A society has a right to protect itself from the things that threaten it and it's widely demonstrable that illegal immigration is a threat to social order. Why is it that various church leaders are bent on attacking the social order even against the basic tenets of their respective denominations and the best interests of the co-coreligionists who reside here legally?
Here's what the Catechism of the Catholic Church actually says:
2265 Legitimate defense can be not only a right but a grave duty for one who is responsible for the lives of others. The defense of the common good requires that an unjust aggressor be rendered unable to cause harm. For this reason, those who legitimately hold authority also have the right to use arms to repel aggressors against the civil community entrusted to their responsibility.
2266 The efforts of the state to curb the spread of behavior harmful to people's rights and to the basic rules of civil society correspond to the requirement of safeguarding the common good. Legitimate public authority has the right and duty to inflict punishment proportionate to the gravity of the offense. Punishment has the primary aim of redressing the disorder introduced by the offense. When it is willingly accepted by the guilty party, it assumes the value of expiation. Punishment then, in addition to defending public order and protecting people's safety, has a medicinal purpose: as far as possible, it must contribute to the correction of the guilty party.6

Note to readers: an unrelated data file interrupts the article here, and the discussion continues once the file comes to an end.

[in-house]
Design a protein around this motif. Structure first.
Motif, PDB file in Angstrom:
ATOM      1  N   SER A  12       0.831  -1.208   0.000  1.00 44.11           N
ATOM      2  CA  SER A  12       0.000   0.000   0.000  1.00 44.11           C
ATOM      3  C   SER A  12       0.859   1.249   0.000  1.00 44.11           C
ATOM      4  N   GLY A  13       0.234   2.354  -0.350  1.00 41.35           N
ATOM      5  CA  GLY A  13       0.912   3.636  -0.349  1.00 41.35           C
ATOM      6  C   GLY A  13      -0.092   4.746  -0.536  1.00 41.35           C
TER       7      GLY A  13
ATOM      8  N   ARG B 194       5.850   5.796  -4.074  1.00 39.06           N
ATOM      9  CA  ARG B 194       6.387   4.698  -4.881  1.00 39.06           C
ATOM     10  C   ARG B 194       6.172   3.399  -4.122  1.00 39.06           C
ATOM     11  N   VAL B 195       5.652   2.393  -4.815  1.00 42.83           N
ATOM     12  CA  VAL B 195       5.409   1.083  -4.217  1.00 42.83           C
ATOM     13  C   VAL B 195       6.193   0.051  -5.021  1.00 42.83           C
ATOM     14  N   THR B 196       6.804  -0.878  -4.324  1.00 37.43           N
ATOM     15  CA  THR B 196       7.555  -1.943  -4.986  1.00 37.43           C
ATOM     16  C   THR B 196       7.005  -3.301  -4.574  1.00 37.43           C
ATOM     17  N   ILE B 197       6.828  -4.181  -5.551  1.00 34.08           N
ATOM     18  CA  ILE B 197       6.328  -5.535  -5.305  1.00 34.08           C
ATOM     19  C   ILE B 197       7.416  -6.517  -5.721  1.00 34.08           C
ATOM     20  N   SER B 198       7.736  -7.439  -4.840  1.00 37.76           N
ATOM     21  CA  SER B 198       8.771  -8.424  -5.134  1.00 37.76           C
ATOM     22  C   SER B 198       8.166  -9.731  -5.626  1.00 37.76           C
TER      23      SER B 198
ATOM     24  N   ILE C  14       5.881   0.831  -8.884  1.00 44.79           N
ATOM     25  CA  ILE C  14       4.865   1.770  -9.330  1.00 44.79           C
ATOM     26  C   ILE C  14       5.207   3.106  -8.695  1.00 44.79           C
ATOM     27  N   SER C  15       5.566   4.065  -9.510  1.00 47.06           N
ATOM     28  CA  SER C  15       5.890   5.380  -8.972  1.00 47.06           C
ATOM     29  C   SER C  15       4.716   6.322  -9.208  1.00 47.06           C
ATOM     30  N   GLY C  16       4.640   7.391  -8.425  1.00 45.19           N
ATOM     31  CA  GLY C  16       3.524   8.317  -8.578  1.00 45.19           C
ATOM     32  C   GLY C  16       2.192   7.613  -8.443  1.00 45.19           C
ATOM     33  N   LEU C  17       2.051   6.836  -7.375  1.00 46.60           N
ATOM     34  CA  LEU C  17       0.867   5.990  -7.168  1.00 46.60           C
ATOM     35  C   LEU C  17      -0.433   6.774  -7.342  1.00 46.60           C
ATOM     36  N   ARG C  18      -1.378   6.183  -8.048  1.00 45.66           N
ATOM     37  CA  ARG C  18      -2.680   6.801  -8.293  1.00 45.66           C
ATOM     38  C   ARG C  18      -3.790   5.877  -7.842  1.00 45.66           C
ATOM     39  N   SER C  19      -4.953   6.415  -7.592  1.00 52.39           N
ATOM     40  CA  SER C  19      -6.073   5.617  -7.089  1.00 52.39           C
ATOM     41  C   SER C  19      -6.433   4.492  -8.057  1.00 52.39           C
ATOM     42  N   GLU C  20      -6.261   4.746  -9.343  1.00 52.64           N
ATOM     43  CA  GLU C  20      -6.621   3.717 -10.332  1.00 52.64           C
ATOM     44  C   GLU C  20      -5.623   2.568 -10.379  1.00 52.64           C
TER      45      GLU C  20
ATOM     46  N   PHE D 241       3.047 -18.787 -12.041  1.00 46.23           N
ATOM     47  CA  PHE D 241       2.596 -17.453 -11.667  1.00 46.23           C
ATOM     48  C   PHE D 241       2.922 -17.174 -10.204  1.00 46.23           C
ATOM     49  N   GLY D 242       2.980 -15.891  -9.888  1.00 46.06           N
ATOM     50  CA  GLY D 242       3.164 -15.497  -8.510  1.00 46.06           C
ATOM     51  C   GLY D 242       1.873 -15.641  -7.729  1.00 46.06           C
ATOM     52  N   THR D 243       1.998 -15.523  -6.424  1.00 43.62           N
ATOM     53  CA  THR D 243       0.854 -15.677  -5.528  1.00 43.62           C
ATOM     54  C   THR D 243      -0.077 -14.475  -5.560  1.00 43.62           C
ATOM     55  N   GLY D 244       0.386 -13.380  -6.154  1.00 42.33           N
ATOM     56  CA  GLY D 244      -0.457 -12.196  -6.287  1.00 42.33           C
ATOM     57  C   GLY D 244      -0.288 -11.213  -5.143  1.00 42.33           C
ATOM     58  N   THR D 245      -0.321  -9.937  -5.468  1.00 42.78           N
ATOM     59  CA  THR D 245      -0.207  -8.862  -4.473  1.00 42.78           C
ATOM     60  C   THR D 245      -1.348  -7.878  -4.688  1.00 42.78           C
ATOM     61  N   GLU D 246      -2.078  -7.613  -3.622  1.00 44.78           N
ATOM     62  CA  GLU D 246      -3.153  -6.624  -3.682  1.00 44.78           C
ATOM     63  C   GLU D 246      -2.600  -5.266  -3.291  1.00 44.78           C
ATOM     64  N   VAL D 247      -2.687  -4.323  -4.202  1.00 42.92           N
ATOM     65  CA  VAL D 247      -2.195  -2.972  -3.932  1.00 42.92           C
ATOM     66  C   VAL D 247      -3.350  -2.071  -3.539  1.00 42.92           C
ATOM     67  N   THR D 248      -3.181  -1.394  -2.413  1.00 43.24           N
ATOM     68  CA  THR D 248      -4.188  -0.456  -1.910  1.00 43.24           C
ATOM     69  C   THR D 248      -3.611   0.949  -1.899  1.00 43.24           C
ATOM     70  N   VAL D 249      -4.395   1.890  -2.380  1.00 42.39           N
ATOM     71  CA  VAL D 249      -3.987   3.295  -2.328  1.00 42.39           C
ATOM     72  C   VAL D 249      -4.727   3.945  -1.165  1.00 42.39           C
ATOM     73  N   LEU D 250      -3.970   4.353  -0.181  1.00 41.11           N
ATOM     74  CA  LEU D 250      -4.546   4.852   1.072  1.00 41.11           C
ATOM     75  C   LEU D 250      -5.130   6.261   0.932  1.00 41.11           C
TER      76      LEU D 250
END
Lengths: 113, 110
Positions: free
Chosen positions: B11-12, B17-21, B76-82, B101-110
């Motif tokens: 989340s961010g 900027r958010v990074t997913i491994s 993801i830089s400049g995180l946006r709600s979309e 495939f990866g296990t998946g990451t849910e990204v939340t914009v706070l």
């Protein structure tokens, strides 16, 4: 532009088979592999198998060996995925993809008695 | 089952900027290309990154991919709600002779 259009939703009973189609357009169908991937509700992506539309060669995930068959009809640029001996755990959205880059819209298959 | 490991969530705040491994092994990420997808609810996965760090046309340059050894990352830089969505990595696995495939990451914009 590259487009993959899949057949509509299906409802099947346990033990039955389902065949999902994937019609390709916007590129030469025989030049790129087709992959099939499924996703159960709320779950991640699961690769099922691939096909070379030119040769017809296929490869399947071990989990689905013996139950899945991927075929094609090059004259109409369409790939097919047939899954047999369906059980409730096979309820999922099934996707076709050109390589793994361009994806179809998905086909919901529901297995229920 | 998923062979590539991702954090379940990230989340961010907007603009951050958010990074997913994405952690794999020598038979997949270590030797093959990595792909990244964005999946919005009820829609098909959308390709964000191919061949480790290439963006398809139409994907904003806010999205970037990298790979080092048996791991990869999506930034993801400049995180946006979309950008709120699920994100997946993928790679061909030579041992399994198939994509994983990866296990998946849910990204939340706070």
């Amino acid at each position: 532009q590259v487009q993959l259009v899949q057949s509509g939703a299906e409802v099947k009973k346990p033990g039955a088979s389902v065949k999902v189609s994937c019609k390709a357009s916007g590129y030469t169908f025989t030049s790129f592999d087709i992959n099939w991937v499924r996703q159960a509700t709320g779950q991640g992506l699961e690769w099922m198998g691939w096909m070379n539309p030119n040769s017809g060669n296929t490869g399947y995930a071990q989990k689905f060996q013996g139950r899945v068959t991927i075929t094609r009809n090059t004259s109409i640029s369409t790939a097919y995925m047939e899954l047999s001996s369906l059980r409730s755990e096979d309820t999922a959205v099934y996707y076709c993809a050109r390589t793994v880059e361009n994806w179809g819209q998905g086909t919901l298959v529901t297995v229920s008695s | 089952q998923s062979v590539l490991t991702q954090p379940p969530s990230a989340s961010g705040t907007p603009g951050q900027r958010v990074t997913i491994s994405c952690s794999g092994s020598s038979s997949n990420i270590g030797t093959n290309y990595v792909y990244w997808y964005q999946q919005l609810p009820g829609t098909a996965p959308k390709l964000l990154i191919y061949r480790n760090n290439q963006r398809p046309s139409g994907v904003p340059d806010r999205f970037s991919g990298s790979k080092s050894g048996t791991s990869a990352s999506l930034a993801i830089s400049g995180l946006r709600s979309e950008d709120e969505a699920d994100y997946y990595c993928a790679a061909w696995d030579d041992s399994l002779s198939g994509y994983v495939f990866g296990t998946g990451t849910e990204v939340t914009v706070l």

Never mind that though, those are just guidelines, after all. These church leaders claim that the law attacks charity, but there's nothing to that theological virtue which allows you to ignore the demonstrably negative impact of illegal immigration to the public good and violate the laws of the land. To be sure, Catholic Bishops in Russia or Mexico would not likely dare to meddle with the internal security there. Here is the story:
CULLMAN, Ala. — On a sofa in the hallway of his office here, Mitchell Williams, the pastor of First United Methodist Church, announced that he was going to break the law. He is not the only church leader making such a declaration these days.
Since June, when Gov. Robert Bentley, a Republican, signed an immigration enforcement law called the toughest in the country by critics and supporters alike, the opposition has been vocal and unceasing, ranging from civil rights groups to the U.S. Justice Department. This month, church groups joined that list.
An Episcopal bishop, a Methodist bishop and a Roman Catholic archbishop, all based in Alabama, sued on the basis that the new statute violated their right to free exercise of religion, arguing that it would “make it a crime to follow God’s command to be Good Samaritans.”
Alabama law criminalizes charity, bishops’ suit says | | The Bulletin